Dante Alighieri was an Italian writer, poet, and philosopher. His work Divine Comedy is widely regarded as the greatest literary work ever produced in the Italian language and the most prominent poem of the Middle Ages. Often referred to as the father of the Italian language, Dante Alighieri played a crucial role in establishing the Italian literature.
Roman poet Publius Ovidius Naso, better known as Ovid, lived during the rule of Augustus. He is held at par with Latin legends Virgil and Horace. Remembered for his mythological masterpiece the Metamorphoses, a 15-book Latin poem, he spent his final years exiled in a city on the Black Sea.
Noted film director and actor Pier Paolo Pasolini had already gained fame as a poet and author before stepping into the entertainment industry. The openly gay filmmaker was known for his usage of non-professional actors and themes of sexuality. His brutal murder remains to be a controversial topic.
Giovanni Boccaccio was an Italian poet, writer, and correspondent of Petrarch. An important Renaissance humanist, Boccaccio was also one of the most prominent personalities of 14th-century European literature. A versatile writer, Giovanni Boccaccio is often viewed as the most important European prose writer of his generation. His works influenced popular personalities like Geoffrey Chaucer and Miguel de Cervantes.
Known for literary works like Il Piacere and La Gioconda, Italian journalist, poet and playwright Gabriele D'Annunzio dominated the second period of Italian Decadentism. He became a national war hero during the First World War. His political endeavours include establishing and leading the short-lived Italian Regency of Carnaro in Fiume. He is often described as the forerunner of Italian fascism.
First-century Roman poet Juvenal is remembered for his iconic work Satires. From the sparse information available about him from the accounts of Martial, it is believed Juvenal was banished from emperor Domitian’s court for writing a satire on his administration. He later returned to Rome from his exile in Egypt.
A significant Venetian figure, Veronica Franco wasn’t an ordinary courtesan but was educated and a talented poet, too. She defended herself successfully against charges of witchcraft. Born to a courtesan, she was married to a doctor briefly and later became a sex worker to sustain herself and her children.
Giacomo Leopardi was one of the greatest lyric poets of the 19th century. Born into a noble family, he mastered several languages and wrote many works by 16, in spite of suffering from a cerebrospinal ailment. Remembered for his iconic works such as A Silvia, he died during a cholera epidemic.
13 Vasco Rossi
Called the founder of experimental biology and father of modern parasitology, Italian physician, biologist, naturalist and poet Francesco Redi did the first major experiment to challenge spontaneous generation. His book Esperienze intorno alla generazione degl'insetti includes most of his famous experiments, while his poem book Bacco in Toscana is counted among the finest works of 17th-century Italian poetry.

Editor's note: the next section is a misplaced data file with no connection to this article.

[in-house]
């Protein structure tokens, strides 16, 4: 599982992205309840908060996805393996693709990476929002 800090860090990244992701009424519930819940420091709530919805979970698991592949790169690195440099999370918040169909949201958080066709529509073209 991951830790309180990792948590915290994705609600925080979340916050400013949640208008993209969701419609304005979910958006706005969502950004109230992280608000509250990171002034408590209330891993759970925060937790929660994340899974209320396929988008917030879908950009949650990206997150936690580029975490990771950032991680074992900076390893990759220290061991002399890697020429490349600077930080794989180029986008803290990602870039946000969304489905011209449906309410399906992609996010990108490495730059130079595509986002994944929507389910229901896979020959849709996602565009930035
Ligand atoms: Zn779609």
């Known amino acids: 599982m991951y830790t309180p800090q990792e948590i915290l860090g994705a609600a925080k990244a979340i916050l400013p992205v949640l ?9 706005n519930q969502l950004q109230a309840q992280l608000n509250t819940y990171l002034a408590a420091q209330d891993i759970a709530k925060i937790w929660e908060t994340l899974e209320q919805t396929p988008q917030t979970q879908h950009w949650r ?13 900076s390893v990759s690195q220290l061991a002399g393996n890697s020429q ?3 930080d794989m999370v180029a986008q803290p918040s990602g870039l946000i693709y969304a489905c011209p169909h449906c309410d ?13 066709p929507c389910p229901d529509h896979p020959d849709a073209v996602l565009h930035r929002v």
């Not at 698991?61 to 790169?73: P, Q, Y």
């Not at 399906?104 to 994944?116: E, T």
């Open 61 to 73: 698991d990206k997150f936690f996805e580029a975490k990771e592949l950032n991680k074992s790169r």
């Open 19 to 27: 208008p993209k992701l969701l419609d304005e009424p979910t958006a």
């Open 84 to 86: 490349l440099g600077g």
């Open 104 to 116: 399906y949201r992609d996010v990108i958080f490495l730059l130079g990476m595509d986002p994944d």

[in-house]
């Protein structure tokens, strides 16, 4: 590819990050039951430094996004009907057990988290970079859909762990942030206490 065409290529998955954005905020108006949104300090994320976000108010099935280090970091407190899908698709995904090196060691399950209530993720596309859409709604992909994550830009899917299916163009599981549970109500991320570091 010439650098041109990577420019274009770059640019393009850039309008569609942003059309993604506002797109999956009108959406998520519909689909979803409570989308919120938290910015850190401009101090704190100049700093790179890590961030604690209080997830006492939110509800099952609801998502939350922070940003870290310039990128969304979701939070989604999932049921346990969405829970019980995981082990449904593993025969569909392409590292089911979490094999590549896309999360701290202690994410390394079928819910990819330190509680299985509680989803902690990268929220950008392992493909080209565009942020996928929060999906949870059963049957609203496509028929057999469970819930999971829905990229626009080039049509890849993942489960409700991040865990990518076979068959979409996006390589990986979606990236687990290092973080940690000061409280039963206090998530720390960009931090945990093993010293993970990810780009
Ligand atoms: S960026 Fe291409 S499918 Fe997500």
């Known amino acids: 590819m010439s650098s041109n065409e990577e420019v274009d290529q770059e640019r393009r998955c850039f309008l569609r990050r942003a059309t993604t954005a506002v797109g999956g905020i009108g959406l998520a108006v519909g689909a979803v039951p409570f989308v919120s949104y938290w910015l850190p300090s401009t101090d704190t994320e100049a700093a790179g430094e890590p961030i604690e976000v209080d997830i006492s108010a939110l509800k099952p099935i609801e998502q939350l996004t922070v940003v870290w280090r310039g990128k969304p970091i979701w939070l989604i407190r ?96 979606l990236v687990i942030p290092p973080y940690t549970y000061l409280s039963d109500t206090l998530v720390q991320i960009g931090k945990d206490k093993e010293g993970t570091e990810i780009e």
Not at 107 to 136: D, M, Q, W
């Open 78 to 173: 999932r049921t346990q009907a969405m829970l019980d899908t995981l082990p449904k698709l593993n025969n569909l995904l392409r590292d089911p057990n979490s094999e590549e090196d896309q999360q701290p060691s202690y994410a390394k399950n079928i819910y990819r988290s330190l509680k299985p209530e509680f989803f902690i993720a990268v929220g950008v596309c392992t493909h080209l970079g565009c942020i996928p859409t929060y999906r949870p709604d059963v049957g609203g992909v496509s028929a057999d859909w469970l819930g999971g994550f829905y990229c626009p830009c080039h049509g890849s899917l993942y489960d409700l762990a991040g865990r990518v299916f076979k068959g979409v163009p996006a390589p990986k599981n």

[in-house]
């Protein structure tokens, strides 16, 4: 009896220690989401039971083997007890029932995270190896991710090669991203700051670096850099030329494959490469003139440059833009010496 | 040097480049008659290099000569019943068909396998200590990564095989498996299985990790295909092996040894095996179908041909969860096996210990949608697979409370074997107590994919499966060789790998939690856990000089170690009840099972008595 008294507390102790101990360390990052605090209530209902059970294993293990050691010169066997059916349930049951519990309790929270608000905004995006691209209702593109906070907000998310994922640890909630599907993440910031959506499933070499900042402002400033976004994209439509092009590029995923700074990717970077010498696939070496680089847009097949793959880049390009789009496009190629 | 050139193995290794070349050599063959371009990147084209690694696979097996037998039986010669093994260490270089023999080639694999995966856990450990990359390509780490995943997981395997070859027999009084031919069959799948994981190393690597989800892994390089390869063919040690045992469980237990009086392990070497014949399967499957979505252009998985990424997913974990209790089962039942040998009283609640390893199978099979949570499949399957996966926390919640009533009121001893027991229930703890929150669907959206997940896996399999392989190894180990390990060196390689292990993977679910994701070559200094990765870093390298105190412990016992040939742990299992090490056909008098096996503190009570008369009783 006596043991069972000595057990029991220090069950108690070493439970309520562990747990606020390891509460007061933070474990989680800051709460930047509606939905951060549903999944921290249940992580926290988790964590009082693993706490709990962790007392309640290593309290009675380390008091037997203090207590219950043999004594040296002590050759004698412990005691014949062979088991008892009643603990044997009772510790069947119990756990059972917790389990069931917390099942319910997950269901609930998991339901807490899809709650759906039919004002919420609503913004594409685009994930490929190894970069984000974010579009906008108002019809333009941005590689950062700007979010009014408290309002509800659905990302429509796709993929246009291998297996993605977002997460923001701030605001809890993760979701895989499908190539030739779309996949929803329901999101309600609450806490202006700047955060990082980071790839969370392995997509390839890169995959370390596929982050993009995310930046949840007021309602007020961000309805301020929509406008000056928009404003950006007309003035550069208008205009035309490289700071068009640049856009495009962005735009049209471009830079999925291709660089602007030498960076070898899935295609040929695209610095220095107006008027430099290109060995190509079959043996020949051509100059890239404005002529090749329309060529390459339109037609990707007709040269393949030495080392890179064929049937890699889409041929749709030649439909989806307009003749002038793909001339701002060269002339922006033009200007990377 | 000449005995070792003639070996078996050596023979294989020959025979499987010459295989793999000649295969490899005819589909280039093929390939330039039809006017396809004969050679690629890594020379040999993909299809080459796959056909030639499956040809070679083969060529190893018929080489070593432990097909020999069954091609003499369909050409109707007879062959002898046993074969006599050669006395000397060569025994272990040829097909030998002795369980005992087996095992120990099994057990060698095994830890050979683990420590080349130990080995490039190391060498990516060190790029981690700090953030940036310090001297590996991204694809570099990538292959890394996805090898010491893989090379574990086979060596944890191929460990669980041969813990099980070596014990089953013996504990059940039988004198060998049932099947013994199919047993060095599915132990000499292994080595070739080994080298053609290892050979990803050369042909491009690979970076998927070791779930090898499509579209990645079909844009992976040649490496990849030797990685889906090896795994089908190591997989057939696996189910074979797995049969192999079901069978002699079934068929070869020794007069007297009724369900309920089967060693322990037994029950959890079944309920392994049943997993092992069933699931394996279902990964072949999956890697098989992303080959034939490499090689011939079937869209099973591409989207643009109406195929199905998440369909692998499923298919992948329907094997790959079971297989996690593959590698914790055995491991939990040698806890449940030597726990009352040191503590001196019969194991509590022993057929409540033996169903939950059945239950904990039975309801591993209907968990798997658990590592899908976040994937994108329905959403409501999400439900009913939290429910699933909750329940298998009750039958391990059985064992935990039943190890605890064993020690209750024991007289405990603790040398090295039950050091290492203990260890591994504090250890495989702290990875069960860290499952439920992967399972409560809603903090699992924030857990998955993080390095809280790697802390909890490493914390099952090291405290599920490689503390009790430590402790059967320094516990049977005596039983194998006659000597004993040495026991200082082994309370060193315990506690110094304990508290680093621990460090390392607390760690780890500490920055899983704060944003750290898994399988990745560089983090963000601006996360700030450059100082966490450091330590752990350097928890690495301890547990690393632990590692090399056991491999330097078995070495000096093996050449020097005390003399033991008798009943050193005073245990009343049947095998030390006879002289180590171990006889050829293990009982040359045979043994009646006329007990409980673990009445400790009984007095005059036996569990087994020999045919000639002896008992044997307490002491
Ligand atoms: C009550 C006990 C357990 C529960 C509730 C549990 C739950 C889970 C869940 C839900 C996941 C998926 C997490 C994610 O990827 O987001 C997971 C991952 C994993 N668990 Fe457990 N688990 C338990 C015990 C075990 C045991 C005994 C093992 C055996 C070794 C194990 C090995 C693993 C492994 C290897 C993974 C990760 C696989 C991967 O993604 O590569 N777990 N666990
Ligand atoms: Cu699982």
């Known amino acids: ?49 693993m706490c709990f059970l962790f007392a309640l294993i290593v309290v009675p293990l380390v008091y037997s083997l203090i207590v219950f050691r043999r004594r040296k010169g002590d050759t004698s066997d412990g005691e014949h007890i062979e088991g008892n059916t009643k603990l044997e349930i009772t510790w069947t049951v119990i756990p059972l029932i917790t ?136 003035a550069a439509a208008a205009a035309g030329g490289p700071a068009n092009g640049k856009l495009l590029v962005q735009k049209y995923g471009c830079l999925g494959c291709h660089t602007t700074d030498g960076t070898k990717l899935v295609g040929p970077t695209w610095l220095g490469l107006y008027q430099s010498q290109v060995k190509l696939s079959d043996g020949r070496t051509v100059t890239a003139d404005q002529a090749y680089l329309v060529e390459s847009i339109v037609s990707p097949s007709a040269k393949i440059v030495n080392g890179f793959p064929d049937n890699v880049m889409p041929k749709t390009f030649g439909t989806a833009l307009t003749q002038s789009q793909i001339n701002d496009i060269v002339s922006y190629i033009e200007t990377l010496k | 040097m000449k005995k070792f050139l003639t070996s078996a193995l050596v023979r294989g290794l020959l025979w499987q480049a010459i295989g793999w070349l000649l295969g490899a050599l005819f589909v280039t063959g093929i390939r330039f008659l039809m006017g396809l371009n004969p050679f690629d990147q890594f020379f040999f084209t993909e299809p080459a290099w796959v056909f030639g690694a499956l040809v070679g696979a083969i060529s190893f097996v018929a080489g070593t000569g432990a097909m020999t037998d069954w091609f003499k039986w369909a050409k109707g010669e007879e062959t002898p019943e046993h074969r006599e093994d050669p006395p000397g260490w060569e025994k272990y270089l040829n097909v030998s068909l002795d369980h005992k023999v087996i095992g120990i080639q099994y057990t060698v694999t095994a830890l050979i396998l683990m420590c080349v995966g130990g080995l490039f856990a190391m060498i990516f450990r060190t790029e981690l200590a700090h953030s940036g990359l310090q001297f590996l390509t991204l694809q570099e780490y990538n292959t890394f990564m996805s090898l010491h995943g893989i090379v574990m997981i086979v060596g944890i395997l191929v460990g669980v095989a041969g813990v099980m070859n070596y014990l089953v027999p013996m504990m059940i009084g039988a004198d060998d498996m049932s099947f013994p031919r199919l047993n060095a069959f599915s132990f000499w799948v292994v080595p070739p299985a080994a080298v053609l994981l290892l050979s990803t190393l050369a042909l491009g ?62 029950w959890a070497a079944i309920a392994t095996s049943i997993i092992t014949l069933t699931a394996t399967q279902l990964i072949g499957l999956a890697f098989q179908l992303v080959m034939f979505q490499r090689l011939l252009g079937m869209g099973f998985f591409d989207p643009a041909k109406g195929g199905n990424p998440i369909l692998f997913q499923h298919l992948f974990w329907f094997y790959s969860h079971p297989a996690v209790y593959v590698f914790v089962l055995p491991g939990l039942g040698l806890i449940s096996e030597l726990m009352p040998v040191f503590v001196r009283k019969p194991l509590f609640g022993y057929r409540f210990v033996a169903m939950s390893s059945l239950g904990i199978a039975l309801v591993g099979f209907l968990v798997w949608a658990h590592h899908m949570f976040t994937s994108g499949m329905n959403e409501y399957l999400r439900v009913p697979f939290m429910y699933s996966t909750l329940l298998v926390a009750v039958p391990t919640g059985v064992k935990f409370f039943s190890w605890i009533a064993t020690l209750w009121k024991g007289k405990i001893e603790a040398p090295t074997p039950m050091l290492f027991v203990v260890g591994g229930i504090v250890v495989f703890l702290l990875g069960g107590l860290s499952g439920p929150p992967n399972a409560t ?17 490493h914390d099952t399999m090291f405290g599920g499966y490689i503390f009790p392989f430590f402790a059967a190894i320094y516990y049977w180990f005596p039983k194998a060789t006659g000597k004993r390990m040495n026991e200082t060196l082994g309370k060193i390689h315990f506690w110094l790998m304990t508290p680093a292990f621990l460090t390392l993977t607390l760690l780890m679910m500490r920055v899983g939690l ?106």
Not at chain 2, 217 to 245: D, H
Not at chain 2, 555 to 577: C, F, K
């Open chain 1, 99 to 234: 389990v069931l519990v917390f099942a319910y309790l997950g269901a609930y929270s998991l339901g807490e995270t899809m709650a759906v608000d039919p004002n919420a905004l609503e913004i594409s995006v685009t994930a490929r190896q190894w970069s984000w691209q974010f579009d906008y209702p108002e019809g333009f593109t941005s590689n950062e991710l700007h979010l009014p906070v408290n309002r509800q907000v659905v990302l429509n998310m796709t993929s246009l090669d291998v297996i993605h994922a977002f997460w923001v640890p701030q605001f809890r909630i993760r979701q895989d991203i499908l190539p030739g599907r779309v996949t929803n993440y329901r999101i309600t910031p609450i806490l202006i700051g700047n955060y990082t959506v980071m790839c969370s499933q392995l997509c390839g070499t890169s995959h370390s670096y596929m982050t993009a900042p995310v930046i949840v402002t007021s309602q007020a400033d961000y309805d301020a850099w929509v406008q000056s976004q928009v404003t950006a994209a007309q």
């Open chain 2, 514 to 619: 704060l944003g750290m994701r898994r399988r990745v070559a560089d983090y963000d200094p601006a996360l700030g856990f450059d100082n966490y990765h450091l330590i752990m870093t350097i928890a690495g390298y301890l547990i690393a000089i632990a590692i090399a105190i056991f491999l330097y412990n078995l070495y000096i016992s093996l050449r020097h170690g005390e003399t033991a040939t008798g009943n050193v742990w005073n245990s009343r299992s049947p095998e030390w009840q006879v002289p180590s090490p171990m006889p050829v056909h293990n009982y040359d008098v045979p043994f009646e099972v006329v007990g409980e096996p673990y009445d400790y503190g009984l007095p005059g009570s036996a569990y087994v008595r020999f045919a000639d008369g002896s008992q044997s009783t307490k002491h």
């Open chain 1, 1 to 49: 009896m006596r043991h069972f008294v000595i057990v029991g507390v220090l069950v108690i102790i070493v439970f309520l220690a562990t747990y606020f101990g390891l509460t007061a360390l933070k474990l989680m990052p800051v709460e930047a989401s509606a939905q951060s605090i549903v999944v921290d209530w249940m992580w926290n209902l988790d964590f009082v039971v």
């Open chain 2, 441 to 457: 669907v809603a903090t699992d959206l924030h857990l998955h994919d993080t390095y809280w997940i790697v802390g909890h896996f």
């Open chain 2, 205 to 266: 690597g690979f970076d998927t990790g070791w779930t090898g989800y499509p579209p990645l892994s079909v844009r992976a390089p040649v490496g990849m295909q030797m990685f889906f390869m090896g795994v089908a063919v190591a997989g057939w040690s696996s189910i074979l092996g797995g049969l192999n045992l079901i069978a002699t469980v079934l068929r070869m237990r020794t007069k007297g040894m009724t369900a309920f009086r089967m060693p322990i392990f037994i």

Alessandro Manzoni was a 19th-century Italian poet, novelist, and philosopher. His novel The Betrothed is generally counted among the masterpieces of world literature. He is credited to have contributed to the stabilization of the modern Italian language. He was politically active and was a member of the Italian Senate. He was a proponent of Liberal Catholicism.
18 Julius Evola
Julius Evola was an Italian poet, philosopher, painter, esotericist, antisemitic conspiracy theorist, and occultist. Evola is extremely popular in fringe circles due to his supernatural, magical, and metaphysical beliefs. Due to his traditionalist views on gender, which advocated a purely patriarchal society, Evola is regarded as one of Italy’s most influential fascist racists of all time.
Torquato Tasso was a 16th-century Italian poet. He is best remembered for his poem Gerusalemme liberata (Jerusalem Delivered). The son of a prominent poet, Tasso grew up to be a brilliant young man. Even though his father wanted him to become a lawyer, he decided to become a poet and achieved considerable fame. His poems were widely translated.
Italian author Cesare Pavese is remembered for his themes of gloom and loneliness and for his protagonists who were often loners. His prolonged fight with fascists and the failure of his affair with actor Constance Dowling led him to commit suicide by consuming sleeping pills in a Turin hotel.
Ludovico Ariosto was an Italian poet best remembered for authoring the epic poem Orlando Furioso, which describes the adventures of Orlando, Charlemagne, and the Franks. Ariosto is also credited with coining the term humanism, which is among the most commonly used words by modern philosophers.
30 Dino Buzzati
31 Ugo Foscolo
Girolamo Fracastoro was an Italian poet, physician, and scholar in astronomy, geography and mathematics. He is credited with authoring a theory, which is regarded as a precursor to germ theory; his theory was influential for almost three centuries. He is also credited with inventing terms, such as syphilis.
38 Pietro Bembo
Pietro Bembo was an Italian scholar, poet, and literary theorist. He was also a cardinal of the Roman Catholic Church and a member of the Knights Hospitaller, a Catholic military order. He played a key role in the development of the Tuscan dialect as a literary language. As a priest, he promoted the Christian perfection of Renaissance humanism.
40 Gemma Donati
Giuseppe Ungaretti was an Italian poet, essayist, journalist, academic, and critic. One of the most important contributors to Italian literature during the 20th century, Ungaretti was honored with the first Neustadt International Prize for Literature in 1970. He is credited with popularizing hermetic poetry, a form of difficult and obscure poetry.